My plan was to keep the 718 until Porsche released their infamous GTS variant, praying that they would confirm the earlier rumors of a six-cylinder plant. I was ultimately disappointed when the 718 GTS was finally released with a more potent engine — but still a turbo four, so I put the brakes on any upgrade I was considering.

Meanwhile, American manufacturers had fully recovered and were cranking out models that might have appealed to me had they been around earlier. But it was tough to consider a Mustang, Camaro or Charger after being away from that genre for so long. And I had found that Porsches are very satisfying to drive, even if they are costly to maintain.

The only American car that ever seriously tempted me was the mid-eighties Corvette C4. It was released when I was driving a Honda Civic, and I remember thinking that Chevrolet had made a courageous move when they introduced this completely new model to an established clientele. I was thoroughly captivated, but it was well out of my reach.

Like many manufacturers, Chevy continually updated the original C4, and I was regressively attracted with each release until I lost interest entirely. But now Chevrolet has the radically new Corvette C8 — the first ever with a mid-engine layout. Equipped with a 6.2 liter naturally aspirated V8, it produces nearly 500 horsepower.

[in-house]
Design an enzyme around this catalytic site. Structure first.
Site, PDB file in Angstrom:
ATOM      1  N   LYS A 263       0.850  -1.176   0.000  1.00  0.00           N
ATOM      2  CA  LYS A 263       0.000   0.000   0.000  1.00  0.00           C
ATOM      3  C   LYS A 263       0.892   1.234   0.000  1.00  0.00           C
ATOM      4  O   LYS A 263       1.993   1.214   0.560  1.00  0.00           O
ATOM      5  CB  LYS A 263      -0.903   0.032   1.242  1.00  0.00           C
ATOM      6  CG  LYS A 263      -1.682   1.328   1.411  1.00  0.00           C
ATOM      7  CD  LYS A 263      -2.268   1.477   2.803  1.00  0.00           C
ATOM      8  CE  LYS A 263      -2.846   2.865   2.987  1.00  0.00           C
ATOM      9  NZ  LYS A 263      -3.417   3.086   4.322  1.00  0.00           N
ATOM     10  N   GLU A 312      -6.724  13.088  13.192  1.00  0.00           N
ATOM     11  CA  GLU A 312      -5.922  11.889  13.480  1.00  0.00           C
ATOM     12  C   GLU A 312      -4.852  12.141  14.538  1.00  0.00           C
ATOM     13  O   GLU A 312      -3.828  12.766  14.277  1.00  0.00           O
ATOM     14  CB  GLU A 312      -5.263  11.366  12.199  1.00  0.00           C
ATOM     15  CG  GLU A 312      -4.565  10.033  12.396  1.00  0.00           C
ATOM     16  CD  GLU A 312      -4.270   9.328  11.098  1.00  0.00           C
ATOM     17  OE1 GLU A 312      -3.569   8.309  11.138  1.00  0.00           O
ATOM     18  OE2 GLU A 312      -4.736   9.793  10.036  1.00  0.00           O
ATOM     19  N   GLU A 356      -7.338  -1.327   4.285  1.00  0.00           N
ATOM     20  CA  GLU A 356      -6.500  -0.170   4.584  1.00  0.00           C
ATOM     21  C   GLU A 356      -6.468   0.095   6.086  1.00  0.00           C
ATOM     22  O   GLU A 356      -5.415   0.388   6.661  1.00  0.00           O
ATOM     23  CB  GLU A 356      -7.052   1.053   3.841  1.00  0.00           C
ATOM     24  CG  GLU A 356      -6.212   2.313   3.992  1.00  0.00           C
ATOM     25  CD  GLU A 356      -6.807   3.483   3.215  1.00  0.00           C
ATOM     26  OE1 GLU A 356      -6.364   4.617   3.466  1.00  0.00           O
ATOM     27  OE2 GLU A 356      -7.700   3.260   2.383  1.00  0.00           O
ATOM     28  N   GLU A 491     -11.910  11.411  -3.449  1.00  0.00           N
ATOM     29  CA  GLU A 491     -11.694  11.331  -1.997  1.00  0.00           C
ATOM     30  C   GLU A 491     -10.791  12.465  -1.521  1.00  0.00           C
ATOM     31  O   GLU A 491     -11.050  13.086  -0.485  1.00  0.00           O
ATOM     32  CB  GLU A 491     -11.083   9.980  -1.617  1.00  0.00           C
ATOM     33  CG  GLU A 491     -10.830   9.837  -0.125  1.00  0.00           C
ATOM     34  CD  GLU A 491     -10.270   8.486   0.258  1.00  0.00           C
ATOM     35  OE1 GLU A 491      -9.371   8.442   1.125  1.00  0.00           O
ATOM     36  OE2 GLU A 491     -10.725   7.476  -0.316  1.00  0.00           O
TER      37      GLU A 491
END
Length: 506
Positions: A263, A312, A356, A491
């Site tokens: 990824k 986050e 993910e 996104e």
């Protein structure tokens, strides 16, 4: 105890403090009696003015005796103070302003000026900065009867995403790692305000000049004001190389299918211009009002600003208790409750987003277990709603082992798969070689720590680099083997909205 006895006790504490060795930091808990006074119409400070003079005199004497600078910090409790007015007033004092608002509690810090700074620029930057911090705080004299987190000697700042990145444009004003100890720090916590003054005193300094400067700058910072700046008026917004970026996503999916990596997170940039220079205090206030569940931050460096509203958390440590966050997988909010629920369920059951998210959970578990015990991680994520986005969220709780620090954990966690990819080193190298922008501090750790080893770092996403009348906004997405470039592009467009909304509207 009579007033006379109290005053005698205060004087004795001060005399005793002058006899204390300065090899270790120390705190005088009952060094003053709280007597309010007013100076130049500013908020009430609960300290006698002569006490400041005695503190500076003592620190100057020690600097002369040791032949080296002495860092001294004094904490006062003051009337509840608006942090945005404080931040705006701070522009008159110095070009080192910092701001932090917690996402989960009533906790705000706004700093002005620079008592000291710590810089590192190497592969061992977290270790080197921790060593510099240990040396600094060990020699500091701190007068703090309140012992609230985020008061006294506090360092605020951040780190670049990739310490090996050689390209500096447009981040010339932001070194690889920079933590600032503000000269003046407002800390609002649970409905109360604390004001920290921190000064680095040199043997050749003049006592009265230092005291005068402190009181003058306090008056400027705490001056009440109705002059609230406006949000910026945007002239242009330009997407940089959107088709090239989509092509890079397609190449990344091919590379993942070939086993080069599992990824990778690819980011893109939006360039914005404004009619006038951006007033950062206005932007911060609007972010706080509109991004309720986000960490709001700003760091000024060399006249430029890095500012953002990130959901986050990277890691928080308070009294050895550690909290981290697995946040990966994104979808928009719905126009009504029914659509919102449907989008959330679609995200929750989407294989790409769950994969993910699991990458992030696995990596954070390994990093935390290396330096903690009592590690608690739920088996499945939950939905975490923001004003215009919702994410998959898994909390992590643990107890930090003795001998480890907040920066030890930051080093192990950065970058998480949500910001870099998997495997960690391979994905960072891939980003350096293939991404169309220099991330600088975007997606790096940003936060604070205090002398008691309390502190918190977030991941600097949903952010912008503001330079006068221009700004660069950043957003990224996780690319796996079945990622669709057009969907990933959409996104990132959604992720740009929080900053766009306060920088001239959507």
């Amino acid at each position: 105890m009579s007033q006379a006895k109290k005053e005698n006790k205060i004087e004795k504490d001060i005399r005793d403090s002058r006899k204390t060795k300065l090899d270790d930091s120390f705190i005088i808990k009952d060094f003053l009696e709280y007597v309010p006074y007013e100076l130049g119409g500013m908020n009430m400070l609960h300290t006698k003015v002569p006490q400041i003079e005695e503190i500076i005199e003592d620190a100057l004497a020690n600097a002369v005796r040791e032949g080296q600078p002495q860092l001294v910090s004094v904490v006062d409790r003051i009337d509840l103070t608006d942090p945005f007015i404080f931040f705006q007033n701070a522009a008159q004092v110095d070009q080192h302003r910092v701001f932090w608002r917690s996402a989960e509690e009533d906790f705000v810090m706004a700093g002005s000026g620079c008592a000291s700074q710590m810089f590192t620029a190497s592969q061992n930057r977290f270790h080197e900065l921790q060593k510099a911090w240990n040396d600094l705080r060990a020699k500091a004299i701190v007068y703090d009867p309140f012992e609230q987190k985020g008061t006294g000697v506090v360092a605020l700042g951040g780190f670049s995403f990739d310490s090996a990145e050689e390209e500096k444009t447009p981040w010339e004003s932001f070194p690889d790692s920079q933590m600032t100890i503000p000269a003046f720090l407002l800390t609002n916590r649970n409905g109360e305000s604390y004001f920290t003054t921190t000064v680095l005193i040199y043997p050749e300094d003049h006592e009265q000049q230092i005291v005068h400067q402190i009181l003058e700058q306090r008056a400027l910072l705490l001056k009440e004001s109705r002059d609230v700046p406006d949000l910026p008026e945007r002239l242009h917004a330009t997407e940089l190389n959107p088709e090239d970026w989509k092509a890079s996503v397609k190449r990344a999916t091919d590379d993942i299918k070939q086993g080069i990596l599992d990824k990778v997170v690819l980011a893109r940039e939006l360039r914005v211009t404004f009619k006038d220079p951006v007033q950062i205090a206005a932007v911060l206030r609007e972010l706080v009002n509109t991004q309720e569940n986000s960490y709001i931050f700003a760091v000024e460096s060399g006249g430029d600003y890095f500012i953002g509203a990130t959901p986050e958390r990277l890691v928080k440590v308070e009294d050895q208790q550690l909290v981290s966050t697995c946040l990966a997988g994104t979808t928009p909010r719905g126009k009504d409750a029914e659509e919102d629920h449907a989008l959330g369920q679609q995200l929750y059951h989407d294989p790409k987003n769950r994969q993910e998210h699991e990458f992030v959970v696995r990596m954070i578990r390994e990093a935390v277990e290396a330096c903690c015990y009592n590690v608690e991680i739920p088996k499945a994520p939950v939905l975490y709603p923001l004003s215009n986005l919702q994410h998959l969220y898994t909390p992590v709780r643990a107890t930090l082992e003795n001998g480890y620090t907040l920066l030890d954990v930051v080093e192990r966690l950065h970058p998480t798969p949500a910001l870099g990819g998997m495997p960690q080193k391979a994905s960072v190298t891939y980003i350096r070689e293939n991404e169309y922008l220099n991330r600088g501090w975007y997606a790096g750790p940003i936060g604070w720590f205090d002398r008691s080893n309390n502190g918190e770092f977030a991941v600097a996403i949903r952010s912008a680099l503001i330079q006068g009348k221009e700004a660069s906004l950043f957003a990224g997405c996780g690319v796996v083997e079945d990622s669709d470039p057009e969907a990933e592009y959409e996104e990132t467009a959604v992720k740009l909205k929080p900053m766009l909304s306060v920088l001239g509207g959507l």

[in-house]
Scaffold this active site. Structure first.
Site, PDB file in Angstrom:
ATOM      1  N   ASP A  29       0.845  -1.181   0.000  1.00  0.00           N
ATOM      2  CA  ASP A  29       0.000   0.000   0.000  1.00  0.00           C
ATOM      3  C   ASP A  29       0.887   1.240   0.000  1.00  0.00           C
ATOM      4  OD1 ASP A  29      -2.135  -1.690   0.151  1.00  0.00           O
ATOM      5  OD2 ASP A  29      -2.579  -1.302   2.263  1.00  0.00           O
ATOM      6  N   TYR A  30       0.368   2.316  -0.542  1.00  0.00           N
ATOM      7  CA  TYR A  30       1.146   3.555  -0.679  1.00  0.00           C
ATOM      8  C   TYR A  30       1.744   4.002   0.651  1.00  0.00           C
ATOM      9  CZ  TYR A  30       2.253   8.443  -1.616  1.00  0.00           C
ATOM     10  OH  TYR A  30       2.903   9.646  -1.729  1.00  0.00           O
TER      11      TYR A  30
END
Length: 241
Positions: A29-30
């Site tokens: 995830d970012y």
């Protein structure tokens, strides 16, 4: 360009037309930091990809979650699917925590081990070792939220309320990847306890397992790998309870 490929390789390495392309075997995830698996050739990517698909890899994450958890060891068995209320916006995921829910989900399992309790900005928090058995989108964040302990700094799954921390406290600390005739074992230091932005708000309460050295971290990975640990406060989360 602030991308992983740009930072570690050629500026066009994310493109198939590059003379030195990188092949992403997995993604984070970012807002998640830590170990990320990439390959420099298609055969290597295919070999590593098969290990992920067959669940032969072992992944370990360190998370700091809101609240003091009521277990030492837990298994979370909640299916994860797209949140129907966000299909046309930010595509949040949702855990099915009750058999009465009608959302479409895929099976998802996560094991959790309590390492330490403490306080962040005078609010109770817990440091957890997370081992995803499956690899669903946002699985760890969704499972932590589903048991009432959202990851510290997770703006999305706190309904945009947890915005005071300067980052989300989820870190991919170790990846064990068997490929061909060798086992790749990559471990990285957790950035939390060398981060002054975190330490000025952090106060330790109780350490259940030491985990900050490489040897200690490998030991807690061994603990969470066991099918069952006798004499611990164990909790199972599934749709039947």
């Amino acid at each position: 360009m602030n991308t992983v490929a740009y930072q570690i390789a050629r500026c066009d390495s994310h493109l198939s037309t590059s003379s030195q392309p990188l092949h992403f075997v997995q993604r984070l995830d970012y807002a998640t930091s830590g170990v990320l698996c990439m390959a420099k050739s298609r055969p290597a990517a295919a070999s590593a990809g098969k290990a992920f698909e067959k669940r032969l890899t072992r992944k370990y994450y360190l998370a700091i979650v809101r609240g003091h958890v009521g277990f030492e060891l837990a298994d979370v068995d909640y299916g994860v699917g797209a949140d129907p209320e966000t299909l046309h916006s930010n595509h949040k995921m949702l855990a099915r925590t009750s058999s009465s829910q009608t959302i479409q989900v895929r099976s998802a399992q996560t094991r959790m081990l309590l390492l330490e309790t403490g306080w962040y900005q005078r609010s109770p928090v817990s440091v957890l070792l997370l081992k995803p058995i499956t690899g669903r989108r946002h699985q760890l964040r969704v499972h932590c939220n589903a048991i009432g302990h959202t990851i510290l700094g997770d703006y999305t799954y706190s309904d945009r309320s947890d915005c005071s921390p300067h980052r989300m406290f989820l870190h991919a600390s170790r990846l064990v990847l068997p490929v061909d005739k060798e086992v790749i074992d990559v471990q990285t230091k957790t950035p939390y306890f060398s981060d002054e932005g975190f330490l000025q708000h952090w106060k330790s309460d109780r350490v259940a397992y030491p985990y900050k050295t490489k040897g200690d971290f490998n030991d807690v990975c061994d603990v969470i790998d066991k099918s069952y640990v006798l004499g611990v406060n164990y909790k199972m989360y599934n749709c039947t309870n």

For me, this is a gamechanger — a complete departure from the old and predictable. As they had done with the C4, Chevy designers and engineers have again managed to build something from scratch that captures the essence of previous iterations, while the C8 is completely nothing like anything Chevrolet has ever produced.

This new introduction is a Made-In-America mid-engine supercar. And a relative bargain when you consider it is 90% of competition many times its price tag. I must confess that I am intrigued and very nearly spellbound. I had long given up on owning this American icon, yet the possibility is practically tangible.

This brings me to the problem I hinted at earlier. Porsche has just now announced the new 718 Cayman GTS 4.0 available in the same timeframe. And finally, with an improved version of the flat-six I’ve missed since trading in my 2009 Cayman. I am paralyzed with indecision — whether or not either is within my financial grasp.

The new 718 Cayman GTS 4.0 (Image: Porsche AG)

Consider my predicament for a moment. Like all automotive enthusiasts, I am forever fantasizing about the next car that could potentially occupy my garage. Pondering the “what if” scenarios, I am perpetually ready to spend an impending financial windfall. But if the prospect were reality, which would I choose?